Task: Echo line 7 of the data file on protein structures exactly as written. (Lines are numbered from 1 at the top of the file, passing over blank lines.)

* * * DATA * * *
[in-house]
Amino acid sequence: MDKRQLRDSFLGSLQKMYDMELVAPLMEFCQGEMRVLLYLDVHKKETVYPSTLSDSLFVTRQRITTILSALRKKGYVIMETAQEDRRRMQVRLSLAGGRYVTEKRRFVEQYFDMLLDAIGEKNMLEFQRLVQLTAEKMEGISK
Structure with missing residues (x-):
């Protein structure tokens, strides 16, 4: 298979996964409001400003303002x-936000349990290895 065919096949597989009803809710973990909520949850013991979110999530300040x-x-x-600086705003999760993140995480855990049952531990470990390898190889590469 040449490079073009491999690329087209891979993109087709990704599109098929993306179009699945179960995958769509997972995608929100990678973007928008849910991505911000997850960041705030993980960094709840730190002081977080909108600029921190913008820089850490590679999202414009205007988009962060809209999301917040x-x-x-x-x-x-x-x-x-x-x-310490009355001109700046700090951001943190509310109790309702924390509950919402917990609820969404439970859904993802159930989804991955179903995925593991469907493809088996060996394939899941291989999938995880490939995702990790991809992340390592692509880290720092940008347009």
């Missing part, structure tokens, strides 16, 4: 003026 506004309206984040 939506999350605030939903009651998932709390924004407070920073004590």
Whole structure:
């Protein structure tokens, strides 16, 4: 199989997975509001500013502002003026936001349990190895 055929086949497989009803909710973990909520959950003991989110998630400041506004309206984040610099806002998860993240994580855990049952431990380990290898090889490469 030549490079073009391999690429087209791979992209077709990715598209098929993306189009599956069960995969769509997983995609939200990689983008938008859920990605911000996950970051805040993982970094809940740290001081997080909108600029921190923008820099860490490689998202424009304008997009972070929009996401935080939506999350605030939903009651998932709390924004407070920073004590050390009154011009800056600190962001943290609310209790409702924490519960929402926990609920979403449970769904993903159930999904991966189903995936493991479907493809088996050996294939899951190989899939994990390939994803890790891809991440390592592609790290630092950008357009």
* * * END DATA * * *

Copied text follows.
């Protein structure tokens, strides 16, 4: 199989997975509001500013502002003026936001349990190895 055929086949497989009803909710973990909520959950003991989110998630400041506004309206984040610099806002998860993240994580855990049952431990380990290898090889490469 030549490079073009391999690429087209791979992209077709990715598209098929993306189009599956069960995969769509997983995609939200990689983008938008859920990605911000996950970051805040993982970094809940740290001081997080909108600029921190923008820099860490490689998202424009304008997009972070929009996401935080939506999350605030939903009651998932709390924004407070920073004590050390009154011009800056600190962001943290609310209790409702924490519960929402926990609920979403449970769904993903159930999904991966189903995936493991479907493809088996050996294939899951190989899939994990390939994803890790891809991440390592592609790290630092950008357009």